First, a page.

Originally, most Wiegand swipe cards contained 26 Wiegand wires corresponding to 26 bits of data.  The bits were broken up into Facility Code (FC) and ID Number fields, with Bit 1 and Bit 26 being reserved to calculate parity for error checking.  Two 26 bit formats existed, 8/16 (8 bit FC, 16 bit ID) and 12/12.  8/16 allows for 256 unique facility codes (0-255) and 65,536 unique IDs (0-65,535) within each facility code, while 12/12 allows for 4096 of each (8/16 eventually became the predominant format).  Access control system manufacturers designed their software to be able to support 26 bit Wiegand format, which is still widely used today.   An 8/16 “format sheet” as used to describe the data used by the manufacturers would look contain something like the following information:

The Wiegand Software Interface

A problem arose however because 24 data bits doesn’t really allow for enough unique numbers to ensure non-duplication of cards.  Initially, Sensor Engineering would provide 26 bit cards by spreading different facility codes in each geographic area to minimize the chance of duplicate cards ending up near each other and causing a potential security problem.  Soon however Sensor, in conjunction with OEM access system manufacturers, developed custom card format with larger bit counts to allow for greater number ranges, OEM control of the programming sequences as well as acceptance by the controller and their software, and minimal to zero chance of card duplication.  Custom Wiegand formats usually ranged from 32 to 37 bits, but with advancements in proximity and smart card technology, bit counts can now go much higher.

The Good and the Bad of the Wiegand Interface

The Wiegand Interface is a widely used term that is understood by some and thrown about liberally by many, and by some who don’t really understand its ins and out, and its pros and cons.  The good news is that the Wiegand Interface is something that virtually all manufacturers of access control systems support.  For instance, with Keri’s Doors.NET software, customers can either choose an existing format from the Credential Types library or create their own data format to match that of the card and then save it to the library.   There are a plethora of reader manufacturers of all types whose products’ data output is via a Wiegand interface, giving customers a wide range of choice of solutions that best meet their needs.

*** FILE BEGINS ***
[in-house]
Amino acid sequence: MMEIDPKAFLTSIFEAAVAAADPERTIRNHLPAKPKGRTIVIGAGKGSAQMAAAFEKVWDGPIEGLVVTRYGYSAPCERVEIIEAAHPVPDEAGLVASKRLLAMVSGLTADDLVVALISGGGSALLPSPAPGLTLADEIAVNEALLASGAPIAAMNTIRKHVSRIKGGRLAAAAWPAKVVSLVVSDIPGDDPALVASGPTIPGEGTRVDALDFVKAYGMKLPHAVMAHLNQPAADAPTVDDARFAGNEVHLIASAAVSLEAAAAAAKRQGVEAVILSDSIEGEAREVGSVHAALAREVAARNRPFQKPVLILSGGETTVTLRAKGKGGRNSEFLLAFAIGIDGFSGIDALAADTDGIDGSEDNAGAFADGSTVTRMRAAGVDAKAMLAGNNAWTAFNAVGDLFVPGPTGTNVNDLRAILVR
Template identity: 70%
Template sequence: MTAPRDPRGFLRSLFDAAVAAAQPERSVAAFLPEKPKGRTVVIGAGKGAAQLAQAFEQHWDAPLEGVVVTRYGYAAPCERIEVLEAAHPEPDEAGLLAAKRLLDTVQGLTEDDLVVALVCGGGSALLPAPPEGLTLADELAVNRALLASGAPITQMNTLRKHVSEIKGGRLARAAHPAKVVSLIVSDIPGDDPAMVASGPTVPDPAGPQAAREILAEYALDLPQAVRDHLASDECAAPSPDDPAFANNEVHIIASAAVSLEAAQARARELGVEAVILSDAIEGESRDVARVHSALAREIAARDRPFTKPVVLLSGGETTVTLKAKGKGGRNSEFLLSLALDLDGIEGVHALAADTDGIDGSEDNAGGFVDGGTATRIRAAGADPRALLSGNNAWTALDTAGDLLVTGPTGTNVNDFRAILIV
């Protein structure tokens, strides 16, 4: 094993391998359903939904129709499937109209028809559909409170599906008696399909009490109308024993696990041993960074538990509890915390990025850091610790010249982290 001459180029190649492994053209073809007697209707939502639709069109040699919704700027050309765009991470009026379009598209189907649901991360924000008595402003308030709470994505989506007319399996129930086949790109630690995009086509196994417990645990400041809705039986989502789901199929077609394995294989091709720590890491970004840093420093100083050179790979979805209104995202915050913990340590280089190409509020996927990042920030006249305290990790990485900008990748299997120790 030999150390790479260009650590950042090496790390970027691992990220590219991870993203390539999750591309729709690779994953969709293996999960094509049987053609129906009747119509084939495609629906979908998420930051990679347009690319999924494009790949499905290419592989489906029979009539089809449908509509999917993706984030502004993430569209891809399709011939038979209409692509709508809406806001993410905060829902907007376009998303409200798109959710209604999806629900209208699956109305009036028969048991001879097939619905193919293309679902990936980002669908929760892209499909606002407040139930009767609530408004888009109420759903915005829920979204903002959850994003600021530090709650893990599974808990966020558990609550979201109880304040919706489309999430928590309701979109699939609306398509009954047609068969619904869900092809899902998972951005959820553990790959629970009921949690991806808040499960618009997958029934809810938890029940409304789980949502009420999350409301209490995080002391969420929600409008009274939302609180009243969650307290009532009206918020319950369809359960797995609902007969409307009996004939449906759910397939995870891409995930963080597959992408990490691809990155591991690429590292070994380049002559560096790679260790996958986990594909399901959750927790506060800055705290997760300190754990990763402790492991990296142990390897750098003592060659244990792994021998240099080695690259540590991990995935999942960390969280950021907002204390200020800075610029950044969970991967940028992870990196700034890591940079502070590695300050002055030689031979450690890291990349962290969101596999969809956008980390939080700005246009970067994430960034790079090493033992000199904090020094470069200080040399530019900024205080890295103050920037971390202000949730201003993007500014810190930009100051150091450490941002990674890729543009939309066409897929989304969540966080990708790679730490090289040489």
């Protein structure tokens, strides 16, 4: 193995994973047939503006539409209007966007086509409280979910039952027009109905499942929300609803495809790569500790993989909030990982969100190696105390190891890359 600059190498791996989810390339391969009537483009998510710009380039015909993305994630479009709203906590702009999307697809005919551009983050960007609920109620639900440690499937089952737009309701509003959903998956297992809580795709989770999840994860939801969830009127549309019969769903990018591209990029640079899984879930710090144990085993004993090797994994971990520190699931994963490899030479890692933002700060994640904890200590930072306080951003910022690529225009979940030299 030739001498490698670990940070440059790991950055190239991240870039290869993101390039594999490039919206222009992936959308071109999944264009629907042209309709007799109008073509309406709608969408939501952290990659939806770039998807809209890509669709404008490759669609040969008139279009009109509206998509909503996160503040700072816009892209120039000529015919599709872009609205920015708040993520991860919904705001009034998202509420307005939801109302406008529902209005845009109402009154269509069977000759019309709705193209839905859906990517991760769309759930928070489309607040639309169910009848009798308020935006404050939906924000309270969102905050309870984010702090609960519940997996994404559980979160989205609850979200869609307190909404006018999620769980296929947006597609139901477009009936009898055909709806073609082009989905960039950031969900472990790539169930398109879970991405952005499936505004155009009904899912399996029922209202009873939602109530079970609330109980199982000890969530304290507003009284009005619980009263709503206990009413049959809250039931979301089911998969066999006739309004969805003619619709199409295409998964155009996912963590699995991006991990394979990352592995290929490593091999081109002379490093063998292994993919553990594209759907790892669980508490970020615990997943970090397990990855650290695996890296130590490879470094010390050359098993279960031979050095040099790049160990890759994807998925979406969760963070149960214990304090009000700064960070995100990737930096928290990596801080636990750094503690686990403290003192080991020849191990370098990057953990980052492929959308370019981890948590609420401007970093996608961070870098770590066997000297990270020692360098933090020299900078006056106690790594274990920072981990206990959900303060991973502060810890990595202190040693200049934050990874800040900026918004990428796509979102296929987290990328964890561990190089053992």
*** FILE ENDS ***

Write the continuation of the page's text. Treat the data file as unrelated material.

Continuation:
The bad news is that it is easily misused by customers who don’t manage their card sequences properly.  Cards are often duplicated (especially 26 bit) posing a security risk, and customers sometimes misorder cards and/or choose a format that doesn’t really suit their needs.  As stated earlier, 26 bit Wiegand format still constitutes a large share of the market and is used on many “high end” projects, yet it should only be used in the lowest security applications.

The Wiegand Interface allows for only one way communication, that from the reader to the controller.  There is no back and forth communication to provide the system operator with otherwise critical information about the reader, or to update the reader’s firmware.  Additionally, cable distance between reader and controller is limited to 300’ (90m) with standard #24 AWG wire (0.6mm) reader cable and 500’ (150m) with the more expensive #18 AWG wire (1.2mm) wire.

Alternatives to the Wiegand Interface

Readers that allow for two-way communication such as those that communicate via RS-485 provide a number of advantages.  Keri’s NXT Series Readers are one alternative, and a soon-to-be-growing trend toward OSDP (Open Supervised Device Protocol), another RS-485 interface technology.

  • Readers can report their status to indicate if they have a problem, as opposed to a Wiegand-type reader, where one doesn’t know about a problem until someone tries to access the door and reports that the reader isn’t working
  • Readers can report their firmware revision and receive a new revision via download when necessary
  • RS-485 based readers allow for much longer cable runs, up to 1000’ (300m) or more, and require only a 4 conductor cable
  • Keri’s NXT cards are never duplicated, so security is high

The Wiegand Interface is here to stay, at least for the foreseeable future.  Customers should be armed with the best information they can about it, as well as its alternatives.

 

Dennis Geiszler is a 30+ year veteran of the access control industry, serving in various sales Dennis Geiszler is a 30+ year veteran of the access control industry, serving in various sales and marketing executive positions for both Indala Corporation and Keri Systems.